Access to the full text of the entire article is only available to members of institutions that have purchased access. If you belong to such an institution, please log in or find out more about how to order.


Vian, Boris (1920–1959) By Lapprand, Marc Didier

DOI: 10.4324/9781135000356-REM131-1
Published: 09/05/2016
Retrieved: 21 June 2024, from


Boris Vian (1920–1959) may well be the Renaissance man of twentieth-century France. In his short life, he was an engineer, a jazz musician, a fiction writer, a poet, a translator, a song-writer, and for a brief time a singer, a jazz critic and one of the most flamboyant members of the Collège de ‘Pataphysique. At the age of twenty-six, he wrote L’Écume des jours [Foam of the Daze], considered today his masterpiece (which still sells just under 100,000 copies each year). That same year, after a bet, he invented a pseudo-American writer in search of a publishing house: Vernon Sullivan, whose first hard-boiled novel Vian would ‘translate’: J’irai cracher sur vos tombes [I Spit on Your Graves]. For the next five years, both Vian and Sullivan penned novels alternately, the latter having a commercial (and scandalous) success and the former remaining quite unknown. In 1951 Boris Vian gave up writing novels and started a new career, turning towards the art of the stage. His productivity remained high until his premature death. His literary success, though, is entirely posthumous.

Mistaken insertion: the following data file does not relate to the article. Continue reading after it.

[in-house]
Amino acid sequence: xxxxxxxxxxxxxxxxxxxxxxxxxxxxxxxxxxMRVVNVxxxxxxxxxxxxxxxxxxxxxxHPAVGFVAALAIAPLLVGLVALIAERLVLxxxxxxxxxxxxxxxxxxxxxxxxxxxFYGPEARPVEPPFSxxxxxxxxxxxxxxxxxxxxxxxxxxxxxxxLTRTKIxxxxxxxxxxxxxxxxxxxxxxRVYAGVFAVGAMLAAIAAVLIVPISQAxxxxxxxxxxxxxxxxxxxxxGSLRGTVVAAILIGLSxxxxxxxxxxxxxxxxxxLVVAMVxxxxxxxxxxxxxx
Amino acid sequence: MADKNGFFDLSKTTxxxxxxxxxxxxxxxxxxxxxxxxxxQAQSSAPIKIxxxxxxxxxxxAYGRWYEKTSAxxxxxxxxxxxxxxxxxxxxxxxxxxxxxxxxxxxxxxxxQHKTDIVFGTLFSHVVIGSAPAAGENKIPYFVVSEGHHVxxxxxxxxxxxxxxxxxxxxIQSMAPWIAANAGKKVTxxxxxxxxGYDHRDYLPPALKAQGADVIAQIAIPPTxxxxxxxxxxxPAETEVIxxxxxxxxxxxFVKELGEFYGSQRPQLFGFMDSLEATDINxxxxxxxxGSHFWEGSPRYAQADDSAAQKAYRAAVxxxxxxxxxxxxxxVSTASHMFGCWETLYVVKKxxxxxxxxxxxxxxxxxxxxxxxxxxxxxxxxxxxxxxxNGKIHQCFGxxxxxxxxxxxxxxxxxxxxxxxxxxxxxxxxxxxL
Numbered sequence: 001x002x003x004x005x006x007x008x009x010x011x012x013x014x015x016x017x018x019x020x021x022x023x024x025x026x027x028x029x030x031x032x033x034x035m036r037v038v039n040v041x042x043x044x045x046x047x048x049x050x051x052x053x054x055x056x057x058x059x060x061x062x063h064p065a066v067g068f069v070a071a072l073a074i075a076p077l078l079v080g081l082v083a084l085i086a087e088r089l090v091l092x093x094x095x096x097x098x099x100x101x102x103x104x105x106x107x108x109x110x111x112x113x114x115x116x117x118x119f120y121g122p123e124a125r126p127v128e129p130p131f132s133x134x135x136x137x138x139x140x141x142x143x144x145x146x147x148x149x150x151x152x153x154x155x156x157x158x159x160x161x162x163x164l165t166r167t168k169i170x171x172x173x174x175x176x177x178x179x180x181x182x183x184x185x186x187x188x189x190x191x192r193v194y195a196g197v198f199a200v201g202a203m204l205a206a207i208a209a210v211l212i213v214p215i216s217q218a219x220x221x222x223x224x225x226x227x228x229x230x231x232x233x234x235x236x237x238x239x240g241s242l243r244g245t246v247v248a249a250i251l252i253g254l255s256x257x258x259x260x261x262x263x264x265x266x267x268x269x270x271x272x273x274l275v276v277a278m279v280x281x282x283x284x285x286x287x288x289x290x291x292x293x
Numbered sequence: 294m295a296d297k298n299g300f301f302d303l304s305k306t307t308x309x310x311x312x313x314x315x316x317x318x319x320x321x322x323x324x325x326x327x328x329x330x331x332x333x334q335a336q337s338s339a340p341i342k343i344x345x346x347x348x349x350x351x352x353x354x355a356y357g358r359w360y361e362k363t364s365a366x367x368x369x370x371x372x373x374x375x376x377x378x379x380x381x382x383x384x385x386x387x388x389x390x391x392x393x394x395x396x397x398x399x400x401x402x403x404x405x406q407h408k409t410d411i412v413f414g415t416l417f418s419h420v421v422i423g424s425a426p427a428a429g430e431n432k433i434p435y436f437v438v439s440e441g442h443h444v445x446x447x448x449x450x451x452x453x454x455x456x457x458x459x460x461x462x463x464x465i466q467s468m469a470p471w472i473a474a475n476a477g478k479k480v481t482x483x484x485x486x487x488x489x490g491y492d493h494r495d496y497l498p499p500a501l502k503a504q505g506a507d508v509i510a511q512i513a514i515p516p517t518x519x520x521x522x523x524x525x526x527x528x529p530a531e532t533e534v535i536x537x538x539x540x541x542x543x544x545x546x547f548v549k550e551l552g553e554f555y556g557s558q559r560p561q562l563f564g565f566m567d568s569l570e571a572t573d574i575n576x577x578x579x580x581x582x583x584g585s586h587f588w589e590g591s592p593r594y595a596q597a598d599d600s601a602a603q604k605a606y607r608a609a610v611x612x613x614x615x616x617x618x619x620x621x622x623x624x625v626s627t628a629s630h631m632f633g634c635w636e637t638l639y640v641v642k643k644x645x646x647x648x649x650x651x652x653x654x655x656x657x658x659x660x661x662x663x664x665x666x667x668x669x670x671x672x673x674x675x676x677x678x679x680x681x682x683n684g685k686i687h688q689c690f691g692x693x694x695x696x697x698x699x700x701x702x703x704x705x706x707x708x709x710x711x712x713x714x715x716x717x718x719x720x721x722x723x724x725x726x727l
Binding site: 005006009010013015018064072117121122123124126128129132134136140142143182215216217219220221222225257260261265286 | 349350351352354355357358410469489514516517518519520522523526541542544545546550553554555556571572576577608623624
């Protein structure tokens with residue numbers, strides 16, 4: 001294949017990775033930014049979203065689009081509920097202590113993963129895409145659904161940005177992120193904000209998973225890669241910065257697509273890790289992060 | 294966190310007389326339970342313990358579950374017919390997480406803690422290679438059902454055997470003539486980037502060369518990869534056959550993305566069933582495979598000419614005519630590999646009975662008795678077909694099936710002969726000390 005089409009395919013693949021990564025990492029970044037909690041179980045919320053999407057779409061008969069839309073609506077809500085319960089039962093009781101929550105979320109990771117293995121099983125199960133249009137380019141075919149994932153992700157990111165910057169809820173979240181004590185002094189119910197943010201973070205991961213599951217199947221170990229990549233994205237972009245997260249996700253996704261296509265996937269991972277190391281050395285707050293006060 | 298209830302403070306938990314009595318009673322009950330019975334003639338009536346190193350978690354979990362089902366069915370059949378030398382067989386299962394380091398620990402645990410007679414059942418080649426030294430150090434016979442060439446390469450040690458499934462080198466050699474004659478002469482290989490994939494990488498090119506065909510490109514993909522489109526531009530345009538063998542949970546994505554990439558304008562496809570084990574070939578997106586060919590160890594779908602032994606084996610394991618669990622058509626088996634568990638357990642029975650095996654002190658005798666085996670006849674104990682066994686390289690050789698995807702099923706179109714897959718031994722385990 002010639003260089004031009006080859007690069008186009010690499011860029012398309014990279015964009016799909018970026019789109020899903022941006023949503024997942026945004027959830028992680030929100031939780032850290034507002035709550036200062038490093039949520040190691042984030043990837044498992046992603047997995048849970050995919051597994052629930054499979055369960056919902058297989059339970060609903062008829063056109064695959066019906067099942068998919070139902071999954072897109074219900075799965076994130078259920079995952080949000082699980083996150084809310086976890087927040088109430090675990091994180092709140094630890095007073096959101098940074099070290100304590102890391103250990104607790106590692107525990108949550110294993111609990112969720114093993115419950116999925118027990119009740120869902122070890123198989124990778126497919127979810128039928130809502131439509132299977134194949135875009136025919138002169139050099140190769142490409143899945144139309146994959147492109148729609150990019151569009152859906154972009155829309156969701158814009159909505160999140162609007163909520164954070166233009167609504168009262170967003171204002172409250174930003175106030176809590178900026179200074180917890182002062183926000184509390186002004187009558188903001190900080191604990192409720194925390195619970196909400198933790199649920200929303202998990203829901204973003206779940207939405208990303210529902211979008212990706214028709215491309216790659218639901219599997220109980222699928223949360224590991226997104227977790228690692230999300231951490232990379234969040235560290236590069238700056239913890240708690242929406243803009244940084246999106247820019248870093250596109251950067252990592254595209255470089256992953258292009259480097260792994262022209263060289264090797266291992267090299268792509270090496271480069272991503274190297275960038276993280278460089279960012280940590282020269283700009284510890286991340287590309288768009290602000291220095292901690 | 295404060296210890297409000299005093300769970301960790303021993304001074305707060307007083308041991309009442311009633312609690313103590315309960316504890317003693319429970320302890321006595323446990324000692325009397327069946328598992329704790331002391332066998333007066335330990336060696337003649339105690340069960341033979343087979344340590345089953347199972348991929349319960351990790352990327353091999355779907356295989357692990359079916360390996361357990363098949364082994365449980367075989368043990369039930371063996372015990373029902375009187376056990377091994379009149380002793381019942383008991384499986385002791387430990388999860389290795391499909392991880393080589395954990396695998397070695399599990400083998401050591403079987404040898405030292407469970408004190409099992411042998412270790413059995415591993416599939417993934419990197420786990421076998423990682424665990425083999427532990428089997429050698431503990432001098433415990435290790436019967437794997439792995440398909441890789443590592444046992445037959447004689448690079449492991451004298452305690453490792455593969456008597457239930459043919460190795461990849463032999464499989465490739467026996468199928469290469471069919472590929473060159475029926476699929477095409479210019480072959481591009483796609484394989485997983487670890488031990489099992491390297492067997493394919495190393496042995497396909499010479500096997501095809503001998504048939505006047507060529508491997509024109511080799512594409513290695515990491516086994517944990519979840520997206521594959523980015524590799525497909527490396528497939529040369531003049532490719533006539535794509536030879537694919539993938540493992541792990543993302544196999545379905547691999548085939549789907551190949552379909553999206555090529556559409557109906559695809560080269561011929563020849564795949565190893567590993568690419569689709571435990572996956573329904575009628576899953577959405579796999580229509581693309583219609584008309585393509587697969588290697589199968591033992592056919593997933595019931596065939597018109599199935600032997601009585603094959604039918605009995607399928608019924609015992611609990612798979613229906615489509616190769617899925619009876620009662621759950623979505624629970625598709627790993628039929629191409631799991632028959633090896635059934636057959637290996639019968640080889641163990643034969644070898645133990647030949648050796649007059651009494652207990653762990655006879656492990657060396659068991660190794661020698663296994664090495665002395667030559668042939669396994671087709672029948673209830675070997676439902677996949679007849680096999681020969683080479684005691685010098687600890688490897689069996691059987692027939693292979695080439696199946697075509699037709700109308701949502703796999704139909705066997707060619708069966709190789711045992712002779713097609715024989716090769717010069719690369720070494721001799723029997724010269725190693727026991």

content locked



Article DOI



Related Searches

Citing this article:

Lapprand, Marc Didier. Vian, Boris (1920–1959). Routledge Encyclopedia of Modernism, Taylor and Francis,

Copyright © 2016-2024 Routledge.